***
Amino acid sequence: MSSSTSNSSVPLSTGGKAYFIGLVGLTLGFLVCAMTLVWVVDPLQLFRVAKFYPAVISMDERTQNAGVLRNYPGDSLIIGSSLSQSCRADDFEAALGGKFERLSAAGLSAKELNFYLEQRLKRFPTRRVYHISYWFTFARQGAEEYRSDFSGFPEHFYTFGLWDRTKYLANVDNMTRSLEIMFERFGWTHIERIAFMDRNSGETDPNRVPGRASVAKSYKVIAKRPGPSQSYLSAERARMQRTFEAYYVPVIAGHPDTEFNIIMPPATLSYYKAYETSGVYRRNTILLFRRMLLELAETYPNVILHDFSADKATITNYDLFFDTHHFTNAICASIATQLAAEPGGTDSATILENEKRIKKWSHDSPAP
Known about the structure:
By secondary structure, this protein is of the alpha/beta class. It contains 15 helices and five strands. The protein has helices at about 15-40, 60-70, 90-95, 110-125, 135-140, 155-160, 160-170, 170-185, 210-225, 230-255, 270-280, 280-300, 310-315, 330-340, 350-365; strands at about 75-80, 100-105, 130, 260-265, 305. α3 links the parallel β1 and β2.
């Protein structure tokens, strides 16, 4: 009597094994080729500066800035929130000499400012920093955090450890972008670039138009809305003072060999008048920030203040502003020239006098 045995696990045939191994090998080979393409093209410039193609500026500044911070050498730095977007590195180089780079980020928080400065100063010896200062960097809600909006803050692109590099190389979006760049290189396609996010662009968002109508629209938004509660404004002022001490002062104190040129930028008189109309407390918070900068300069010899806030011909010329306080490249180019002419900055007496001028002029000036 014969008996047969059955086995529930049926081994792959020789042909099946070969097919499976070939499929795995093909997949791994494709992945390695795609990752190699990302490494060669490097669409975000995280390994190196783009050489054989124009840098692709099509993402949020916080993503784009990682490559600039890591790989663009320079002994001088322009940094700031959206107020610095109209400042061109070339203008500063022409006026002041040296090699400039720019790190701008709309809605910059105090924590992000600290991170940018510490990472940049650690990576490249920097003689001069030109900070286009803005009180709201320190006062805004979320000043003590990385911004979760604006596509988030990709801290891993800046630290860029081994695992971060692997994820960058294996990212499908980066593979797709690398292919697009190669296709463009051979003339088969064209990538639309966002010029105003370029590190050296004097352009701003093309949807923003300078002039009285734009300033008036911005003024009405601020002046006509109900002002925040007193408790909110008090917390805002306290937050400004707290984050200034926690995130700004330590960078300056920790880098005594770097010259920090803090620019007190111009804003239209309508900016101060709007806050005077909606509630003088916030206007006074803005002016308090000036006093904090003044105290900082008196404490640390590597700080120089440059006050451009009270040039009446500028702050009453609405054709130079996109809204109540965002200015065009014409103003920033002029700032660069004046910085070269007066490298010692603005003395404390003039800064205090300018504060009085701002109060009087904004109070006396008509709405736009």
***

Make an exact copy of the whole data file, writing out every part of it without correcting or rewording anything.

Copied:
Amino acid sequence: MSSSTSNSSVPLSTGGKAYFIGLVGLTLGFLVCAMTLVWVVDPLQLFRVAKFYPAVISMDERTQNAGVLRNYPGDSLIIGSSLSQSCRADDFEAALGGKFERLSAAGLSAKELNFYLEQRLKRFPTRRVYHISYWFTFARQGAEEYRSDFSGFPEHFYTFGLWDRTKYLANVDNMTRSLEIMFERFGWTHIERIAFMDRNSGETDPNRVPGRASVAKSYKVIAKRPGPSQSYLSAERARMQRTFEAYYVPVIAGHPDTEFNIIMPPATLSYYKAYETSGVYRRNTILLFRRMLLELAETYPNVILHDFSADKATITNYDLFFDTHHFTNAICASIATQLAAEPGGTDSATILENEKRIKKWSHDSPAP
Known about the structure:
By secondary structure, this protein is of the alpha/beta class. It contains 15 helices and five strands. The protein has helices at about 15-40, 60-70, 90-95, 110-125, 135-140, 155-160, 160-170, 170-185, 210-225, 230-255, 270-280, 280-300, 310-315, 330-340, 350-365; strands at about 75-80, 100-105, 130, 260-265, 305. α3 links the parallel β1 and β2.
């Protein structure tokens, strides 16, 4: 009597094994080729500066800035929130000499400012920093955090450890972008670039138009809305003072060999008048920030203040502003020239006098 045995696990045939191994090998080979393409093209410039193609500026500044911070050498730095977007590195180089780079980020928080400065100063010896200062960097809600909006803050692109590099190389979006760049290189396609996010662009968002109508629209938004509660404004002022001490002062104190040129930028008189109309407390918070900068300069010899806030011909010329306080490249180019002419900055007496001028002029000036 014969008996047969059955086995529930049926081994792959020789042909099946070969097919499976070939499929795995093909997949791994494709992945390695795609990752190699990302490494060669490097669409975000995280390994190196783009050489054989124009840098692709099509993402949020916080993503784009990682490559600039890591790989663009320079002994001088322009940094700031959206107020610095109209400042061109070339203008500063022409006026002041040296090699400039720019790190701008709309809605910059105090924590992000600290991170940018510490990472940049650690990576490249920097003689001069030109900070286009803005009180709201320190006062805004979320000043003590990385911004979760604006596509988030990709801290891993800046630290860029081994695992971060692997994820960058294996990212499908980066593979797709690398292919697009190669296709463009051979003339088969064209990538639309966002010029105003370029590190050296004097352009701003093309949807923003300078002039009285734009300033008036911005003024009405601020002046006509109900002002925040007193408790909110008090917390805002306290937050400004707290984050200034926690995130700004330590960078300056920790880098005594770097010259920090803090620019007190111009804003239209309508900016101060709007806050005077909606509630003088916030206007006074803005002016308090000036006093904090003044105290900082008196404490640390590597700080120089440059006050451009009270040039009446500028702050009453609405054709130079996109809204109540965002200015065009014409103003920033002029700032660069004046910085070269007066490298010692603005003395404390003039800064205090300018504060009085701002109060009087904004109070006396008509709405736009």